From his home, Ali Abu Baker can still see some olive groves on the other side of the barrier. Young Mohamed and Yaser pick olives there, but due to the road closures imposed during the war, they have to make a detour of almost an hour and pass through several military checkpoints to reach them. One of the roadblocks on a road shared by Jewish settlers and Palestinian citizens was attacked by three Hamas militiamen last Thursday — the day after this newspaper’s visit to Aida. The three militants were killed by gunfire from the Israeli security forces, one of whose soldiers died that same day from his wounds. A few yards from the scene of the incident, there are gaps in the wall, which has not achieved the impermeability that Israel wants.
Its layout was largely marked by the location of illegal settlements in the West Bank, where around half a million Israeli settlers live. Thus, it laid “the groundwork for the de facto annexation of most of the settlements and much land for their future expansion,” according to the Israeli human rights NGO B’Tselem. The organization estimates that through constructing the barrier, Israel absorbed around 10% of the West Bank — an area of about 5,700 square kilometers (2,200 square miles).
“The colonies are like a cancer that is constantly eating away at us,” Yaser Abdelgafar says to illustrate the growth of these communities. The Israeli government, especially the current Prime Minister Benjamin Netanyahu, has encouraged these illegal settlements, whose security and well-being is paid for by inconveniencing the Palestinian residents.
Very close to Jerusalem, Saadat Ghryib shows us his home in the West Bank town of Beit Ijza, which is officially in Palestine. While three of his four children run around, he lets visitors pass through the electronic gate, controlled by the Israeli security forces, and walk along a 30-meter corridor to reach his house.
The construction of a plant emerges as an anomaly that has been engulfed by the regular street layout of the Givon Hahadasha settlement. They live cheek by jowl but they do not mix. This close separation is controlled by twenty cameras that monitor the Palestinian family 24 hours a day. The Ghryibs’ house is confined by a high metal palisade that separates their home from the adjacent chalets. Only five or six meters away the settlers live among Israeli flags fluttering in the wind.
Saadat’s neighbors whose names he does not even know have shouted at him: “What is happening in Gaza is going to happen to you if you do not leave this land.” They point guns at his family, they scold them and they are suspicious of any movement that the family makes after sunset, he says, reflecting the atmosphere of tension caused by the war in Gaza. “We are victims of the army’s aggression every time something happens, whether it is in the West Bank or in Gaza. They harass us, they attack us…” he adds.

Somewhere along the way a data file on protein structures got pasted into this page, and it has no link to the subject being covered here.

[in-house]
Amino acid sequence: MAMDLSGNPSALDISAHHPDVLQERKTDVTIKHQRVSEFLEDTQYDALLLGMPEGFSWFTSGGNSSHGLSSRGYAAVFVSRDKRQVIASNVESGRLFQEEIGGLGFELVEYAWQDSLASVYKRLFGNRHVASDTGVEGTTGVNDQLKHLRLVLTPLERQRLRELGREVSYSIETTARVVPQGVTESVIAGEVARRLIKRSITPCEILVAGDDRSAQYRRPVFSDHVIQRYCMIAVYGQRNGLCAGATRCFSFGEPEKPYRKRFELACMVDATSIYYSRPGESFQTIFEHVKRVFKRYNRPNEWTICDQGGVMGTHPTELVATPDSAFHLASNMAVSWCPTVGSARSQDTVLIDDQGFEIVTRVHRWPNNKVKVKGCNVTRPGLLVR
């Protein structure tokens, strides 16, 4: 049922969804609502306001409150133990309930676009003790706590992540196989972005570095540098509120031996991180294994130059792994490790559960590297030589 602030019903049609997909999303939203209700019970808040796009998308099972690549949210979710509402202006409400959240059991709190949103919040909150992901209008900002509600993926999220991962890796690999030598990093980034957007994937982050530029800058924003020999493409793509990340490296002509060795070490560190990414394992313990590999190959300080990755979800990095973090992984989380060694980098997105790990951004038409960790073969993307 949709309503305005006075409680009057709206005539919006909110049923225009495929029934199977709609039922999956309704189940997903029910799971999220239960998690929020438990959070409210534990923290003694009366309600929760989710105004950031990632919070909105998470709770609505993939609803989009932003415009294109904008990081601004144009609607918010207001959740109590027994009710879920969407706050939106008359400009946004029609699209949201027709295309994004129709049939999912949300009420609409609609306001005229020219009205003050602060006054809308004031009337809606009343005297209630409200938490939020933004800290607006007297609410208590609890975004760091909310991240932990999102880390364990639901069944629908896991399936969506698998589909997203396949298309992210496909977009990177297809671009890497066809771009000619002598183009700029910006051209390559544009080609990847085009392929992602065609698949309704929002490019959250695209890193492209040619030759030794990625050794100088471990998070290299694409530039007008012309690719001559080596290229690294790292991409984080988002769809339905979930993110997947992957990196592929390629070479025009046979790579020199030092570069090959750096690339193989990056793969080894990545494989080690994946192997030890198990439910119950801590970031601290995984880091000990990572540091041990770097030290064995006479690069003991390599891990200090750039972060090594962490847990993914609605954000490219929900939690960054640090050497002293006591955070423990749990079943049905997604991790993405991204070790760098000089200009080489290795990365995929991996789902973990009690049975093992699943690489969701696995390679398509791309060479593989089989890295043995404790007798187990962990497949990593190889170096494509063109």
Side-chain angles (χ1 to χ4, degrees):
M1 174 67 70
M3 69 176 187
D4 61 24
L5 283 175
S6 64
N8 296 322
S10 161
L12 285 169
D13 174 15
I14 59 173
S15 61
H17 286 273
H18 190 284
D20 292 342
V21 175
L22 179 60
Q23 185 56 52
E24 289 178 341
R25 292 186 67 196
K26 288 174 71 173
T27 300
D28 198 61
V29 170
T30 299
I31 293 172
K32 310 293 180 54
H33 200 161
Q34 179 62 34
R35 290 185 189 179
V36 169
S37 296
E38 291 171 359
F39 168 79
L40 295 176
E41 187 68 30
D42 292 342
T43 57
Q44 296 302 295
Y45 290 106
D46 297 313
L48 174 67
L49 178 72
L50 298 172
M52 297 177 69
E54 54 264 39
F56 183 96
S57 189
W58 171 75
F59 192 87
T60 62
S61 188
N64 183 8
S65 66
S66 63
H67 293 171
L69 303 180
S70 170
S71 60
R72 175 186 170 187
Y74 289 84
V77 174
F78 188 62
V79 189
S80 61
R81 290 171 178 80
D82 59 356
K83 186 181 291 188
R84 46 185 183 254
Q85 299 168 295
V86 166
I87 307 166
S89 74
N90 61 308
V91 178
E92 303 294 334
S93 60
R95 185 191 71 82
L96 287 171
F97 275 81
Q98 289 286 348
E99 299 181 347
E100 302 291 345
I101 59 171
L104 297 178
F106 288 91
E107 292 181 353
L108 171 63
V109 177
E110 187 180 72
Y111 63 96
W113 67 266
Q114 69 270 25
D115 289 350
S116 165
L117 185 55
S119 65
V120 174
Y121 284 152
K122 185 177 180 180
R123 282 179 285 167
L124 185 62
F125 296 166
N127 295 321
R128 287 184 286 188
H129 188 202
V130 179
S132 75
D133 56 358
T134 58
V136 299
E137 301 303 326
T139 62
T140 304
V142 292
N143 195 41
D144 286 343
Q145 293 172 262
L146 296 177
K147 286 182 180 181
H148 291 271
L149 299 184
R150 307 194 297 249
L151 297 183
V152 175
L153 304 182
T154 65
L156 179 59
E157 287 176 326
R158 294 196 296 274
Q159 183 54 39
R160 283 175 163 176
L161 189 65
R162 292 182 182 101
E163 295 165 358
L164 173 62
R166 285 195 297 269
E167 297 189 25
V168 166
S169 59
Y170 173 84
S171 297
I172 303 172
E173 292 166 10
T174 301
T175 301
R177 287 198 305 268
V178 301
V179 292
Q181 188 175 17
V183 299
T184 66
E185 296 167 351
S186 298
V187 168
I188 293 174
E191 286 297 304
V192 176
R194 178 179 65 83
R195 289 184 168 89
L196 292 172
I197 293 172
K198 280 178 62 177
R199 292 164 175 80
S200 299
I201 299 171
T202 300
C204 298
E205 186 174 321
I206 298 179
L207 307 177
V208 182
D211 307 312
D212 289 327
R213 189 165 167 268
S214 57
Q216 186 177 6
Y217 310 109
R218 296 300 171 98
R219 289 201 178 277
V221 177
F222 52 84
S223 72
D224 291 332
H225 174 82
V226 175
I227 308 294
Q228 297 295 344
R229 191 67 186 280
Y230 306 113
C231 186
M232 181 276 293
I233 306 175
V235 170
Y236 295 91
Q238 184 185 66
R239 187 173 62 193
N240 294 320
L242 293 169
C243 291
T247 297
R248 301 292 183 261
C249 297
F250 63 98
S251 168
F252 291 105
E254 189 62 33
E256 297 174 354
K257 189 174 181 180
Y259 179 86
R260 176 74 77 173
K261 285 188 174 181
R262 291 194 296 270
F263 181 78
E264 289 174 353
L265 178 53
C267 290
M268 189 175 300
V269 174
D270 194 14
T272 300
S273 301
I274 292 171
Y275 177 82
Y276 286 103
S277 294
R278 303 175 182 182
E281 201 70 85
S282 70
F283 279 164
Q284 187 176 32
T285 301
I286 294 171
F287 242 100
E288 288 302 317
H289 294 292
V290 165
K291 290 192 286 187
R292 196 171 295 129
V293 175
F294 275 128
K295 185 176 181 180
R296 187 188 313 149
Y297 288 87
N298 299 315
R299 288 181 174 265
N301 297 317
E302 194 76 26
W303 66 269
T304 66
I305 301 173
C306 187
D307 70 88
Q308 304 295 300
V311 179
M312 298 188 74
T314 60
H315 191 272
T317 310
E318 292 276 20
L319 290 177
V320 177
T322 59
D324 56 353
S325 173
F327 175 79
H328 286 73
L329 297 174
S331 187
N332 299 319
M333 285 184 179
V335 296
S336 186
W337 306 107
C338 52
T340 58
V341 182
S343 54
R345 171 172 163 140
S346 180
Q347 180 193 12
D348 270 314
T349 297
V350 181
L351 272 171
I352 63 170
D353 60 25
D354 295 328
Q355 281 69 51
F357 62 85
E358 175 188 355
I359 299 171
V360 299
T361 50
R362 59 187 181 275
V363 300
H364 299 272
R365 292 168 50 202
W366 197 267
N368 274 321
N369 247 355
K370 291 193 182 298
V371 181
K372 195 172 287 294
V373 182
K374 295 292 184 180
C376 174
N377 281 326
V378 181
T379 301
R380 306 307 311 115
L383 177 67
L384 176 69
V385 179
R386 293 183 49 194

Saadat’s father Sabri Ghryib, who died in 2012, refused to sell the family’s 10 hectares when settlers pressured him to set a price for them, starting in 1979. “They came with a lot of money,” but “he said he was not going to part with a single hectare,” says Saadat.
After years of what they describe as a hell of attacks and pressure they were unable to stop despite winning in the Israeli courts, the family was left with no money and only four of the 10 hectares. The rest was “stolen” by the settlers, according to Saadat. Sabri Ghryib visited the then Palestinian president, Yasser Arafat, on more than one occasion to give away his properties to prevent the plunder, but he was engaged in negotiations with Israel and avoided the issue, according to Saadat.
Later came the wall, which ended up separating them from the other six hectares, whose olive harvest they depend on. The culmination was the imprisonment in 2006 of Sabri Ghryib and his two children. When they returned home after four months, the Israelis had fortified the corridor around the house. In 2008, they equipped the passage with an electronic gate that can lock them at home if the security forces decide. But they are not alone with this problem. Beit Ijza is one of the 150 Palestinian towns whose residents the barrier was designed to separate from their fields.
The family is not suffering the arbitrariness in issuing the permits to take a 45-minute detour to reach their six hectares to harvest the olives. The permit has simply been revoked in the shadow of the conflict between Israel and Hamas. “That means losses for us of about $7,000,” Saadat says.
His 11-year-old son Sabri enters the room and bows, bowing his head into his father’s hand as a sign of respect. Seconds later, he takes his cell phone and switches off from the conversation in which it becomes clear that he, as a member of the Ghryib family, will also inherit the problem of the occupation. “The Israelis’ plan is for us to leave, but we will not move one inch from this land. Even if they close the gate and it is our last day, we are not going to leave,” says Saadat Ghryib.